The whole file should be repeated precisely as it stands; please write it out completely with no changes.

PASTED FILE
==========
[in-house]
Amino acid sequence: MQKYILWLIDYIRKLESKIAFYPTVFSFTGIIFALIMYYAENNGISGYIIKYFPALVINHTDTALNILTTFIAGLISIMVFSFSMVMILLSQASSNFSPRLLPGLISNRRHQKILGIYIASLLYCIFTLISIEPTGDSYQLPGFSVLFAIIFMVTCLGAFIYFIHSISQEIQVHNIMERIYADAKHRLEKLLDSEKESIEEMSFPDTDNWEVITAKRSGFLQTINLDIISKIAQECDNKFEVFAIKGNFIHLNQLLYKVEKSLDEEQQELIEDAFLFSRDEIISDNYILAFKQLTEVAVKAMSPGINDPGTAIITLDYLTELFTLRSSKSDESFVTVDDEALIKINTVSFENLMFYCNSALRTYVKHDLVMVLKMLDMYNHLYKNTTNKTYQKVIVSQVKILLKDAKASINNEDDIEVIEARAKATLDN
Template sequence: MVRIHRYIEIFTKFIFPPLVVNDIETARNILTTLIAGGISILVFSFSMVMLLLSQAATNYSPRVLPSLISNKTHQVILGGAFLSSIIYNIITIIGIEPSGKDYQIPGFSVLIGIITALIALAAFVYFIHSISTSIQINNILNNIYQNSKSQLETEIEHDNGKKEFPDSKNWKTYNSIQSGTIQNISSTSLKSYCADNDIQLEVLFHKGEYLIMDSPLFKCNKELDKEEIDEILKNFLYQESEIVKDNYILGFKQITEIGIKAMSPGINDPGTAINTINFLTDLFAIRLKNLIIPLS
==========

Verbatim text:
[in-house]
Amino acid sequence: MQKYILWLIDYIRKLESKIAFYPTVFSFTGIIFALIMYYAENNGISGYIIKYFPALVINHTDTALNILTTFIAGLISIMVFSFSMVMILLSQASSNFSPRLLPGLISNRRHQKILGIYIASLLYCIFTLISIEPTGDSYQLPGFSVLFAIIFMVTCLGAFIYFIHSISQEIQVHNIMERIYADAKHRLEKLLDSEKESIEEMSFPDTDNWEVITAKRSGFLQTINLDIISKIAQECDNKFEVFAIKGNFIHLNQLLYKVEKSLDEEQQELIEDAFLFSRDEIISDNYILAFKQLTEVAVKAMSPGINDPGTAIITLDYLTELFTLRSSKSDESFVTVDDEALIKINTVSFENLMFYCNSALRTYVKHDLVMVLKMLDMYNHLYKNTTNKTYQKVIVSQVKILLKDAKASINNEDDIEVIEARAKATLDN
Template sequence: MVRIHRYIEIFTKFIFPPLVVNDIETARNILTTLIAGGISILVFSFSMVMLLLSQAATNYSPRVLPSLISNKTHQVILGGAFLSSIIYNIITIIGIEPSGKDYQIPGFSVLIGIITALIALAAFVYFIHSISTSIQINNILNNIYQNSKSQLETEIEHDNGKKEFPDSKNWKTYNSIQSGTIQNISSTSLKSYCADNDIQLEVLFHKGEYLIMDSPLFKCNKELDKEEIDEILKNFLYQESEIVKDNYILGFKQITEIGIKAMSPGINDPGTAINTINFLTDLFAIRLKNLIIPLS